I just finished two days of fish work on the Virgin River near Mesquite, Nevada. The purpose of the trip is to monitor for blue tilapia, a highly invasive fish that recently found in Lake Mead after escaping from a fish farm. With the current drought and low snowpack in the Utah headwaters, the Virgin is very low this year. The river dries up in the Virgin River Gorge in Arizona but several large springs near Beaver Dam, Arizona feed the river into Nevada. Normally the river is silty and turbid, but when the only water in the river is from the springs, it runs clear. The lowest site that we checked, actually had no water and was dry sand. One of the good things about drought, is that it keeps the bad guys from moving around. Furthermore, the lower lake elevation means the invasive fish have longer distances to go before they can impact native fish areas.
In natural conditions of low water, the native fish would crowd into the few deep pools and near the springs. Currently, these pools still exist but they are crowded with invasive fish including large catfish, carp, and bass. These predatory fish may eat the smaller native fish that are concentrated in the pools. They also eat the limited food in the pools, utilize the dissolved oxygen in the pools, and even physically crowd out the native fish. Furthermore, we also found that the large spines on the catfish wound and injure the larger native fish. One foot-long flannelmouth sucker we saw yesterday had a dime sized wound in its flank from a channel catfish and another flannelmouth had a fresh wound to one of its fins.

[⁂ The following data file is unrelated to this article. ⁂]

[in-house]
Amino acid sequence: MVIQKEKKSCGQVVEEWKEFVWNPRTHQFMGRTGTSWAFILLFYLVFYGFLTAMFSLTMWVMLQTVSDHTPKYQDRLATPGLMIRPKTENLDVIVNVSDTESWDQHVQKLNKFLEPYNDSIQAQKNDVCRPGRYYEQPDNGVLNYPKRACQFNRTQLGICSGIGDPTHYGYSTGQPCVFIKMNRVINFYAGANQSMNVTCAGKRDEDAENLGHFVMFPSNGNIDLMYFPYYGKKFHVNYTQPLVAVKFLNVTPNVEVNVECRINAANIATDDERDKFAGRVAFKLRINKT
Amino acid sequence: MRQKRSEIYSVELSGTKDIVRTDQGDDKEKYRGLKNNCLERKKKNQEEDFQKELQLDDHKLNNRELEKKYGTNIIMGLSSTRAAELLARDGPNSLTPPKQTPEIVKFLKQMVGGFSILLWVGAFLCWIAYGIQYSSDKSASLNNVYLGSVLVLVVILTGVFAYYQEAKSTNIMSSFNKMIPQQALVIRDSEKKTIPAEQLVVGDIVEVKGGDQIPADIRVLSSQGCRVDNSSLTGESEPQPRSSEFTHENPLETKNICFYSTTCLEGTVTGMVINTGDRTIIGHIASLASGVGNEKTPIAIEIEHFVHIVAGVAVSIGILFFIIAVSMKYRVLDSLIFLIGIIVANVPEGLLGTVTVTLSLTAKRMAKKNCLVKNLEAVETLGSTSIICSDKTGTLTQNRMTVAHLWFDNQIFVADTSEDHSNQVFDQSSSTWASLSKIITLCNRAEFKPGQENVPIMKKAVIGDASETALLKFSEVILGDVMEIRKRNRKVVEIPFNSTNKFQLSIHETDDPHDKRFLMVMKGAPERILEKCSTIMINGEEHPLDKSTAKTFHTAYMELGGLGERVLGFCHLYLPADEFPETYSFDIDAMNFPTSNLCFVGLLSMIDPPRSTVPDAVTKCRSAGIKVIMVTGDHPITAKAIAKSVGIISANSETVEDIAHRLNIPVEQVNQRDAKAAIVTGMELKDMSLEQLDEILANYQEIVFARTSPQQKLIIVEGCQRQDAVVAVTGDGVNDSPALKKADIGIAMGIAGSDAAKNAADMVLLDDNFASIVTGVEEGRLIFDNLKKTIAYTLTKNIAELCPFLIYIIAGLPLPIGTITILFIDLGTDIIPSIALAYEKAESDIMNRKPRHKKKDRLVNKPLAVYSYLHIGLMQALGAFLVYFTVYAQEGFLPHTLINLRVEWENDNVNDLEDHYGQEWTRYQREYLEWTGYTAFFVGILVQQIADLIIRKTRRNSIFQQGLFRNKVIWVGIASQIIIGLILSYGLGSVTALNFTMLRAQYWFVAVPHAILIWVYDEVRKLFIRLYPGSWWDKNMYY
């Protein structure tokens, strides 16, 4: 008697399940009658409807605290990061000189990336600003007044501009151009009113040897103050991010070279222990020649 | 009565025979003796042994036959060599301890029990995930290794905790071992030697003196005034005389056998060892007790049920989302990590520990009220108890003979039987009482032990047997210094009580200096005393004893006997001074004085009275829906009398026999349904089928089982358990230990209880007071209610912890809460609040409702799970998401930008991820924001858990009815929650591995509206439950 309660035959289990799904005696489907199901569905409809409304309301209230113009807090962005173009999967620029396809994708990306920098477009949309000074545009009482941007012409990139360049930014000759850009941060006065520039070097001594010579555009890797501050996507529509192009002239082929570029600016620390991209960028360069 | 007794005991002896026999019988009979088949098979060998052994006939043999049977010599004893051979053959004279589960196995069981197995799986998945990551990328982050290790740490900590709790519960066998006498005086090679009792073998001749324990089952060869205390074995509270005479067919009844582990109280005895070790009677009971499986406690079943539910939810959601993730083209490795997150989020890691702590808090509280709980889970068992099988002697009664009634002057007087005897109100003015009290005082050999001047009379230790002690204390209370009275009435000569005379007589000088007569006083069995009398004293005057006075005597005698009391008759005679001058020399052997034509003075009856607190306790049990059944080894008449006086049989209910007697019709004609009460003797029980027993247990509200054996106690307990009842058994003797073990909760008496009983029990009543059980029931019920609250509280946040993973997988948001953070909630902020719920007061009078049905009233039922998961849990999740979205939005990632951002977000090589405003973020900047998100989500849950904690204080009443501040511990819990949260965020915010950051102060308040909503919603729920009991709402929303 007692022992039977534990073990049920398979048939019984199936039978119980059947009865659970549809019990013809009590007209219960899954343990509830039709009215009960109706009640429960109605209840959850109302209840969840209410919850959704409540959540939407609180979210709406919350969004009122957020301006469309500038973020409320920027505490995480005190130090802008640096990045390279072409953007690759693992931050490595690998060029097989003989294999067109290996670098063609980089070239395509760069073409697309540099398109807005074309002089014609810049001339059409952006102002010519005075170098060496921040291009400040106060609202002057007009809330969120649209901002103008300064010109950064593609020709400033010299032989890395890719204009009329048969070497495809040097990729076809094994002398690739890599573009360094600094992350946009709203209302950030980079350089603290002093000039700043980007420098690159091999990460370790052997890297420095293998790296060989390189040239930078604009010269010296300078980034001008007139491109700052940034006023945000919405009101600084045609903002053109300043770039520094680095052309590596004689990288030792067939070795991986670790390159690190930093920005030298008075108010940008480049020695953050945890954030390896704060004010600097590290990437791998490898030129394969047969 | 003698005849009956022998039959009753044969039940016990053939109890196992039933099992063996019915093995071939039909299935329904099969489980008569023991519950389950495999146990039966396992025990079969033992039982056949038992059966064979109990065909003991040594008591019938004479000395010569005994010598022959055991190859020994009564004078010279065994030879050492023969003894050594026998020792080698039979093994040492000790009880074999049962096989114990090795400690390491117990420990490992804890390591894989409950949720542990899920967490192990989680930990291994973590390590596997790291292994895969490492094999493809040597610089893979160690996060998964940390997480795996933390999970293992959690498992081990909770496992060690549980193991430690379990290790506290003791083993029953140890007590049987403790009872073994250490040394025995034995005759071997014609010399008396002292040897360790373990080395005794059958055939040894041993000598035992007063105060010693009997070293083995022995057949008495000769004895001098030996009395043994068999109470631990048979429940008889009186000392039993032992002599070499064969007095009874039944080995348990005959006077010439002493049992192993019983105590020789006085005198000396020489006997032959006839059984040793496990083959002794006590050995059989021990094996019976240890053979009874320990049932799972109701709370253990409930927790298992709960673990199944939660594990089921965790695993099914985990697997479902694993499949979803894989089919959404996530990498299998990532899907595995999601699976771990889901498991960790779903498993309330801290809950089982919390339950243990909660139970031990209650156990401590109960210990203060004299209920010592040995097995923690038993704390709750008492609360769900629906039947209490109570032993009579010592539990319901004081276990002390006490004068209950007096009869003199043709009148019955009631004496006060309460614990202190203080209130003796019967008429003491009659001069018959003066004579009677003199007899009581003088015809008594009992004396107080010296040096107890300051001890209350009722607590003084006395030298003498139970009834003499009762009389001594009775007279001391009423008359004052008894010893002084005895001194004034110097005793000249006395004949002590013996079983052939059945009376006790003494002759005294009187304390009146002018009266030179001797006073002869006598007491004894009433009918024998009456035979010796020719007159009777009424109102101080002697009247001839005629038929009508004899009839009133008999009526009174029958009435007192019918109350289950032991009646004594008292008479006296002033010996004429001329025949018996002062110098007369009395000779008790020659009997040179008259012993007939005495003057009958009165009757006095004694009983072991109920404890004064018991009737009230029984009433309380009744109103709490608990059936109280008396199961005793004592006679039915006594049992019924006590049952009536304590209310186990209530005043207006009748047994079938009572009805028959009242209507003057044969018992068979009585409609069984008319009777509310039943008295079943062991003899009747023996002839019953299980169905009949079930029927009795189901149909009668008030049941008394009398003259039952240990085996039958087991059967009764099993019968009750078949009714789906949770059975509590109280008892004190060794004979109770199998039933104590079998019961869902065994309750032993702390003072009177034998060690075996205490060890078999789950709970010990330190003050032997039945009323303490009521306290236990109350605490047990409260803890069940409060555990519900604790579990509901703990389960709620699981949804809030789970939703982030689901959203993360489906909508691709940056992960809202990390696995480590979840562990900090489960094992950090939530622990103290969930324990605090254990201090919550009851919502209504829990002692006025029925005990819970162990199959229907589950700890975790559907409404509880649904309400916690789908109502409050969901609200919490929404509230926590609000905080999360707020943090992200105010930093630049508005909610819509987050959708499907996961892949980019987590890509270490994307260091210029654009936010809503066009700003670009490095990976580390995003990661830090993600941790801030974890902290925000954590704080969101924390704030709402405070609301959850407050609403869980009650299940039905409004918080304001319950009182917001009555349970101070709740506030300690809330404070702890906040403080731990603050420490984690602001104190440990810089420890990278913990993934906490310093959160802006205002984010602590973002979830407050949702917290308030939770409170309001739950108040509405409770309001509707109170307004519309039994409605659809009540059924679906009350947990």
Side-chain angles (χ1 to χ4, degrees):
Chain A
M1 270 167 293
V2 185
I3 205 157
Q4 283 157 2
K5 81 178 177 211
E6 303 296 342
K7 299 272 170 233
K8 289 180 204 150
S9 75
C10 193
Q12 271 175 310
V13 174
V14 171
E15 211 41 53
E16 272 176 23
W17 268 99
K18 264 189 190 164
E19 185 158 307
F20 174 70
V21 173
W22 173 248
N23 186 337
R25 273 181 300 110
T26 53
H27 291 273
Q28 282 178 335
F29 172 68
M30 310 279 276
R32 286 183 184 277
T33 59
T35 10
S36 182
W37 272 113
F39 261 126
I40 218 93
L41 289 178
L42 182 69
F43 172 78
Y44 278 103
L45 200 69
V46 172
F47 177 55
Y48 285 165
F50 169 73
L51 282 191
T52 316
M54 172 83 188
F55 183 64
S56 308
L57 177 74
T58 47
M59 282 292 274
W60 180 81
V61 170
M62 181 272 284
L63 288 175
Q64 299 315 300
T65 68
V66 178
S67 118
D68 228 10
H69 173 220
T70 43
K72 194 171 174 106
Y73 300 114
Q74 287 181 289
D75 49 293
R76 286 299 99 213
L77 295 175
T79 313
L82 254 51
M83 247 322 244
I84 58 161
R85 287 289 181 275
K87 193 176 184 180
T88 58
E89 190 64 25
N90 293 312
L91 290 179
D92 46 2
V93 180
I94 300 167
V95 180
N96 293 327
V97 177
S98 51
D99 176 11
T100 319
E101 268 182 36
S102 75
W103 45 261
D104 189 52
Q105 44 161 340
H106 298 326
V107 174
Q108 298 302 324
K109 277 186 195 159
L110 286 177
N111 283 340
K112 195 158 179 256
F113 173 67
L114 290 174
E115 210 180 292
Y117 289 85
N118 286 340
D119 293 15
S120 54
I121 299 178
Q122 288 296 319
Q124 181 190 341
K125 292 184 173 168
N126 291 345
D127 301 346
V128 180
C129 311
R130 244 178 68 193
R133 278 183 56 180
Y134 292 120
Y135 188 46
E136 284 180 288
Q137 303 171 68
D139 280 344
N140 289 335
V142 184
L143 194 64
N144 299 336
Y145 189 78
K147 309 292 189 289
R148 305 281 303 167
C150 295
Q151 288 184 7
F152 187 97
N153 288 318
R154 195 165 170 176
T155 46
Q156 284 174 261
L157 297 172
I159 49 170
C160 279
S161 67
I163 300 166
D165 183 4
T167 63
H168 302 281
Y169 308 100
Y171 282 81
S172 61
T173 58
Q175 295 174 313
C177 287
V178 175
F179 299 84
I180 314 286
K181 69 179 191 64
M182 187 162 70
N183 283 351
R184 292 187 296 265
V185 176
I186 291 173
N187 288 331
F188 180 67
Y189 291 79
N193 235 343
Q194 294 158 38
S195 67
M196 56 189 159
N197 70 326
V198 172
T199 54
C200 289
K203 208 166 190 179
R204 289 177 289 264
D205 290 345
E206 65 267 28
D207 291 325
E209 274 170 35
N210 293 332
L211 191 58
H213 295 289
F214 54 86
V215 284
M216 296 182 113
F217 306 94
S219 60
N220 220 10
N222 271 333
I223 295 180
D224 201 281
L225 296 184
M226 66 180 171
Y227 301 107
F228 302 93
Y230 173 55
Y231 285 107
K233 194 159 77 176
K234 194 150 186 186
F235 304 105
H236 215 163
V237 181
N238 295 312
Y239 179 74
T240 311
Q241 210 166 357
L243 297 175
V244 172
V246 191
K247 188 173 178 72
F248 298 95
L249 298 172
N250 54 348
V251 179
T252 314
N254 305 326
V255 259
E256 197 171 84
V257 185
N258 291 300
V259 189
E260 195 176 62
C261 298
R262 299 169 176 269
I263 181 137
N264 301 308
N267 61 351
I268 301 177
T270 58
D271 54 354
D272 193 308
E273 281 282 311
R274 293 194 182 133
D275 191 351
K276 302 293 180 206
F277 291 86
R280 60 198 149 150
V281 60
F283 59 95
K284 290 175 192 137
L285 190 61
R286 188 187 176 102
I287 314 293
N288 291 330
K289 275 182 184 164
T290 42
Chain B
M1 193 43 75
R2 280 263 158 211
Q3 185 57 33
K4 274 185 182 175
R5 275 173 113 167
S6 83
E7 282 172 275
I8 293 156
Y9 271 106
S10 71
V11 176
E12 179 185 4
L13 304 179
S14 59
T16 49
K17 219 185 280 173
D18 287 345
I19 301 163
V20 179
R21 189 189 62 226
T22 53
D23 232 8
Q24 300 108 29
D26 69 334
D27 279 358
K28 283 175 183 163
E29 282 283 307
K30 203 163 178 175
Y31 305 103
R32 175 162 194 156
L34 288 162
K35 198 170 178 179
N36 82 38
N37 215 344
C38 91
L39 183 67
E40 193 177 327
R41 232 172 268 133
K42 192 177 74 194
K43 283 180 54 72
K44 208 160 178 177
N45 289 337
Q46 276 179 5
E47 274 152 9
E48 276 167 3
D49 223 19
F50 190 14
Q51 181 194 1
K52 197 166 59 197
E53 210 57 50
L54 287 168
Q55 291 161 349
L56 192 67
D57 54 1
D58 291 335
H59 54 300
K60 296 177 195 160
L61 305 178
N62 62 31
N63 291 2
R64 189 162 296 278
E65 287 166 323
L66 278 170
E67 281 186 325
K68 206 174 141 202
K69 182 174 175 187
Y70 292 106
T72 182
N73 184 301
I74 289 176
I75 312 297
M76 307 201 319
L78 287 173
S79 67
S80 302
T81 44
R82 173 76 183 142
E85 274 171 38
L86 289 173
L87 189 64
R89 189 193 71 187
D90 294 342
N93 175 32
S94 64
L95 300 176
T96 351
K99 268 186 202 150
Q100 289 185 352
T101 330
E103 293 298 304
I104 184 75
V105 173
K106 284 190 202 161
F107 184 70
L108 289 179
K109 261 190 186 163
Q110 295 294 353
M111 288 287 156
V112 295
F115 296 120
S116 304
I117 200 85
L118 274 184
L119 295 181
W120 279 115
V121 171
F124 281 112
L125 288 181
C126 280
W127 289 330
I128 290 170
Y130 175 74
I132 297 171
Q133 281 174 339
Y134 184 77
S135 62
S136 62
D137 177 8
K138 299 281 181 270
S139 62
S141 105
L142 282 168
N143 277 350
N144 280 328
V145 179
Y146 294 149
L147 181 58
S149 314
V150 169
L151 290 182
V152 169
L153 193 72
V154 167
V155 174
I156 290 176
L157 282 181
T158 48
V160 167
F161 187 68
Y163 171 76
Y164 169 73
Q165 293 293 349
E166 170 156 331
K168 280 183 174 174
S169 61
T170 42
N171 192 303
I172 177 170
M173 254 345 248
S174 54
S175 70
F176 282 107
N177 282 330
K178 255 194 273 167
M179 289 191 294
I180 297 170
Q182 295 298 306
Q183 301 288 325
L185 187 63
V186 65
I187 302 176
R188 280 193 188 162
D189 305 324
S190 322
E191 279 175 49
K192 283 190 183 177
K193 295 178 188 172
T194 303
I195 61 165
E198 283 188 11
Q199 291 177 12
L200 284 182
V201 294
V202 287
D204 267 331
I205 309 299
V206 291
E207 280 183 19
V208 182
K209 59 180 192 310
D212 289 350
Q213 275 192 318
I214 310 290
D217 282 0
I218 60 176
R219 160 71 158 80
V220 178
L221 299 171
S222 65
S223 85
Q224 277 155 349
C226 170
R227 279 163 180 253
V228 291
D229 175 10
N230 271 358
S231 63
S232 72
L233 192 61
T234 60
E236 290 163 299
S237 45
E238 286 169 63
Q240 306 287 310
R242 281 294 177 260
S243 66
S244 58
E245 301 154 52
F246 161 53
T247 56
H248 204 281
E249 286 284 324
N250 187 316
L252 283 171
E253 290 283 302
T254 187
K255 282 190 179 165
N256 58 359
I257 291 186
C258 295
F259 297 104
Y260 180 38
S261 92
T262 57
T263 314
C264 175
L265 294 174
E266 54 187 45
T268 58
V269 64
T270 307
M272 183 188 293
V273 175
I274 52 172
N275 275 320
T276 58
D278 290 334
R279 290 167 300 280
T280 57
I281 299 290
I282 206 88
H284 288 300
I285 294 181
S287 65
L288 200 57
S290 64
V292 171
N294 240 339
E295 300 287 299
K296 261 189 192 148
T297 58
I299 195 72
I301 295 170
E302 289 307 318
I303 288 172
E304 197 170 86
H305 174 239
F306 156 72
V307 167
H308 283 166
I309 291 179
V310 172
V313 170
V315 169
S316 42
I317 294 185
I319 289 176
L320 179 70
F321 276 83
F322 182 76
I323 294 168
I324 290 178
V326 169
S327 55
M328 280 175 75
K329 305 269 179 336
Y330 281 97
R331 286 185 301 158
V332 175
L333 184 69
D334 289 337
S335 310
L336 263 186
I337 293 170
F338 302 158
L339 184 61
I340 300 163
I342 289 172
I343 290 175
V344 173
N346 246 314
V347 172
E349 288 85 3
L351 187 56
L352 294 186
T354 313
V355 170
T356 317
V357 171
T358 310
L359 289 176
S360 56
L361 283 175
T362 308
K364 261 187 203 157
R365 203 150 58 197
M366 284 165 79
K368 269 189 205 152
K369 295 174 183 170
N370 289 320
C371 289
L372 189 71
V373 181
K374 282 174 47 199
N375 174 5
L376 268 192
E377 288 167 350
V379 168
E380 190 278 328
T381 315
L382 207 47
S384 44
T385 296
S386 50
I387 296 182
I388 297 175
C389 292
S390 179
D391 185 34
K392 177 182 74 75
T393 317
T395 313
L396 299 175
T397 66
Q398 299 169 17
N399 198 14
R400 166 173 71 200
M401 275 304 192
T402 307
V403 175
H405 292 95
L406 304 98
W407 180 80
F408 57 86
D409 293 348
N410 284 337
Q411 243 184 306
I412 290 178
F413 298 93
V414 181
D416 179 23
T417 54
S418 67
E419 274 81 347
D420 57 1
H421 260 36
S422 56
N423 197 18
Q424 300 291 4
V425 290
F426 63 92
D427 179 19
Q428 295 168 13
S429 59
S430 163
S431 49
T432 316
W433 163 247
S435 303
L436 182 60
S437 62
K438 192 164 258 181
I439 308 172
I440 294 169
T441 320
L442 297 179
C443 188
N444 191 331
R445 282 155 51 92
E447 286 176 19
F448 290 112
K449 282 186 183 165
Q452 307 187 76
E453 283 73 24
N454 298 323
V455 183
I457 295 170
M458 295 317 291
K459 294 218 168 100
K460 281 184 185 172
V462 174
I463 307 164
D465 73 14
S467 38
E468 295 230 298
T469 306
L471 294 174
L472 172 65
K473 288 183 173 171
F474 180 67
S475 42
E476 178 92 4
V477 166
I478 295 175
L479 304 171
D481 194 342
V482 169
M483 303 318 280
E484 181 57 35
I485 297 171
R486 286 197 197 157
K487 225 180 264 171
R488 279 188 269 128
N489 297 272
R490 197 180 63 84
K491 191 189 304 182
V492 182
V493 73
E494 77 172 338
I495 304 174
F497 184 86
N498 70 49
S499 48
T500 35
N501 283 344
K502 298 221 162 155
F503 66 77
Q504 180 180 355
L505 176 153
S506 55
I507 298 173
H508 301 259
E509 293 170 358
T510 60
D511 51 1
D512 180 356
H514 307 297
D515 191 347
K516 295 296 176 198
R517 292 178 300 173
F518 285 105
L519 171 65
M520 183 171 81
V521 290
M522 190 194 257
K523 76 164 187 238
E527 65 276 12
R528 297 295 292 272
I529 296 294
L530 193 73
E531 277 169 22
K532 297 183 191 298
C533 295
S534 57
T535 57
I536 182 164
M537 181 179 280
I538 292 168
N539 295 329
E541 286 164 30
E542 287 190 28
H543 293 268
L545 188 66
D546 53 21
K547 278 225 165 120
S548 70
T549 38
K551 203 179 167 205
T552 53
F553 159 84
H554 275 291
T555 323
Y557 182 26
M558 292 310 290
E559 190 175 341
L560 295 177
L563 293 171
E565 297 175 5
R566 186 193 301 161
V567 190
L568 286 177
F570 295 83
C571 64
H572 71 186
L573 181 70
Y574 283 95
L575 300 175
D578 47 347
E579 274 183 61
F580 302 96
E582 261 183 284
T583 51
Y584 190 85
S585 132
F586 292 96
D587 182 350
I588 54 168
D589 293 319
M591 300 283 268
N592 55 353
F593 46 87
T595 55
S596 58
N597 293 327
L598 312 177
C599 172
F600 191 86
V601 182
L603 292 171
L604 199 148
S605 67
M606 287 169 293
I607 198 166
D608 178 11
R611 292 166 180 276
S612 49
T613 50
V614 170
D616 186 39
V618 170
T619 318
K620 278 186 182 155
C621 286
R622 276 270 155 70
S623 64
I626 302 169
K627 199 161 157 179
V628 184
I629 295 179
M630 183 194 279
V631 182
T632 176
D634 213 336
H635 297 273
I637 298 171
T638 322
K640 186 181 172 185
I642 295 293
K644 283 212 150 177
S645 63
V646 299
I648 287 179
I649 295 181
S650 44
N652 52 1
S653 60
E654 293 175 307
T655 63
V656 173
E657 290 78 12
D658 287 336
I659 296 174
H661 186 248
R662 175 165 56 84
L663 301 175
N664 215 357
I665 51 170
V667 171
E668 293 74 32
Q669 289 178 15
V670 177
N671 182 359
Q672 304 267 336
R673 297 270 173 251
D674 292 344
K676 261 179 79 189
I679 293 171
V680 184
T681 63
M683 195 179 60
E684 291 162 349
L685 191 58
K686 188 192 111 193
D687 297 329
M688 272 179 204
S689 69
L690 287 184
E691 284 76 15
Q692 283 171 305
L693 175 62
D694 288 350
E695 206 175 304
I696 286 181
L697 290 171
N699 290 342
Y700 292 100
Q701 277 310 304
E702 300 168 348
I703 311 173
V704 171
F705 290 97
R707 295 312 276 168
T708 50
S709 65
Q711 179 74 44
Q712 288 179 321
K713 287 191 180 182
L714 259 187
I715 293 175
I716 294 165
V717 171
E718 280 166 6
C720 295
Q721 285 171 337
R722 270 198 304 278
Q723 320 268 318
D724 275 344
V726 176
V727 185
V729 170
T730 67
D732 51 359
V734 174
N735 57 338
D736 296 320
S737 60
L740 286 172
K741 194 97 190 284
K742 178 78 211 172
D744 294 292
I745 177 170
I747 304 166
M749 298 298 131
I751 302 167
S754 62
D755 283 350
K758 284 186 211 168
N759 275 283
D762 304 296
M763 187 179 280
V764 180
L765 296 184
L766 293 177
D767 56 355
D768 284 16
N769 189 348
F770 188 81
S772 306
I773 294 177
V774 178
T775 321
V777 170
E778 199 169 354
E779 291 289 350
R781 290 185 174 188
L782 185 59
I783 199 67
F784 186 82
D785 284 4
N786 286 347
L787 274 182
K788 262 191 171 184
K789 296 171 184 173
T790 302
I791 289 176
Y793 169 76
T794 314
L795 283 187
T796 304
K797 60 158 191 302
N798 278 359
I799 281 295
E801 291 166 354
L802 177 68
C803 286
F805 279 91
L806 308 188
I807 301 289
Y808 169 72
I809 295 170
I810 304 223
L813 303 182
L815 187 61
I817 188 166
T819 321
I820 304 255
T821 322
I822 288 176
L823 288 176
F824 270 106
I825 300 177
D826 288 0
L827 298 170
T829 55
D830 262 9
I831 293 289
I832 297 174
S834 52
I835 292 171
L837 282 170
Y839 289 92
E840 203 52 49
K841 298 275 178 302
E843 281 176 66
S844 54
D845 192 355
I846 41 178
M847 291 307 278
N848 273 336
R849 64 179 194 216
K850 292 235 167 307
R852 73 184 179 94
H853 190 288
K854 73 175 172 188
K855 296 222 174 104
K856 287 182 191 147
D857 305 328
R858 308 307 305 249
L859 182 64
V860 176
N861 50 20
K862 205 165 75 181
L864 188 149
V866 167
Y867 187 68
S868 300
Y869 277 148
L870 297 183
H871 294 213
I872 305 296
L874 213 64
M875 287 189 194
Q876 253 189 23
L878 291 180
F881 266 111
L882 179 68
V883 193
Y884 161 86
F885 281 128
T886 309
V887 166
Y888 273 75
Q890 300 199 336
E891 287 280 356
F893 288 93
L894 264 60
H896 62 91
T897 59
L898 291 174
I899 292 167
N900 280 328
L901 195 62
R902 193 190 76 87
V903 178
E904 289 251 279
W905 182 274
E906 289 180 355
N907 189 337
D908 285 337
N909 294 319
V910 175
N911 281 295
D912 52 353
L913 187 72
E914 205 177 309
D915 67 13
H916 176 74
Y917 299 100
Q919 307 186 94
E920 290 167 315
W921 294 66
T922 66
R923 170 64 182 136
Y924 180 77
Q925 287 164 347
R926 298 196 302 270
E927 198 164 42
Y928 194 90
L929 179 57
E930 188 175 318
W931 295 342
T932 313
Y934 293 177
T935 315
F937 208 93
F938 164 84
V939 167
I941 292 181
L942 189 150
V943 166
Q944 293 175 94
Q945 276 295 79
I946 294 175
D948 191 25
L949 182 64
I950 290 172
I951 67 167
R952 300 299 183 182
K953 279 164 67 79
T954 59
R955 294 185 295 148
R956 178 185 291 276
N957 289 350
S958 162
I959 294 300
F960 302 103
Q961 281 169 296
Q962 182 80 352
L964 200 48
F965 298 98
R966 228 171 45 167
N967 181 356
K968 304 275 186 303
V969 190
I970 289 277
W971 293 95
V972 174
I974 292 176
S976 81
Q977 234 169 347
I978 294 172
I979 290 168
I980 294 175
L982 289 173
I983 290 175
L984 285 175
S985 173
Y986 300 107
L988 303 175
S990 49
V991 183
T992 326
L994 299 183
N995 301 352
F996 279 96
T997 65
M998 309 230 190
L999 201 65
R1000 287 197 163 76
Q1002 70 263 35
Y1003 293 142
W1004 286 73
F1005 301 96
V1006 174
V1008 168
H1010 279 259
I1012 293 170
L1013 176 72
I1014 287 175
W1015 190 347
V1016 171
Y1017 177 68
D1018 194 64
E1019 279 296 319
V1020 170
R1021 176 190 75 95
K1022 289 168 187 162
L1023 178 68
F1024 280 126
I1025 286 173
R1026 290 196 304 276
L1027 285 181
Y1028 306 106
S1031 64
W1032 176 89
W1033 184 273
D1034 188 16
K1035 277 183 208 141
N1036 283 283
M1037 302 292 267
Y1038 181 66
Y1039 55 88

The good news is that we didn’t find any tilapia. The better news is that on Tuesday we found a woundfin. We pulled a seine haul with several hundred red shiner minnows just like all the other seine hauls. As we looked for native fish amongst the flopping minnows, a silvery torpedo-shaped fish caught my eye. I picked it up and examined it closely. I asked the fish expert next to me “What the heck is this?” He looked and his eyes got big. “Woundfin!” He filled a bucket with river water, we put the fish in, finished counting the other fish, took some photos and released the fish back into the river. This is the first woundfin found in that area in six years.
Woundfin are one of the rarest and most endangered fish in the United States. It was listed as an endangered species in 1970 and, like several other endangered western fish, probably only escaped extinction due to the captive breeding program at Dexter National Fish Hatchery in New Mexico. A few thousand fish are released in the Virgin every year. The are marked with a bit of fluorescent plastic injected under their skin to show that they are hatchery fish. The color and location of the dye change to indicate the year. The one we had found had no dye so it was possibly born in the river and not in captivity. Wild or captive bred, it was a great find.
We also found another woundfin higher up in the river today just below a diversion dam. This one had the elastomer dye that showed it was in the group of fish released in Arizona in November 2006. This fish had made it downstream, past a dam, across the state line, and managed not to get sucked into the irrigation works that take almost all of the flow of the river. This is the first woundfin in this section of river in two years.
This woundfin picture I took upstream in Arizona in December 2006 about a quarter mile downstream of where the fish were released a few weeks earlier. You can see the green dye near the dorsal fin.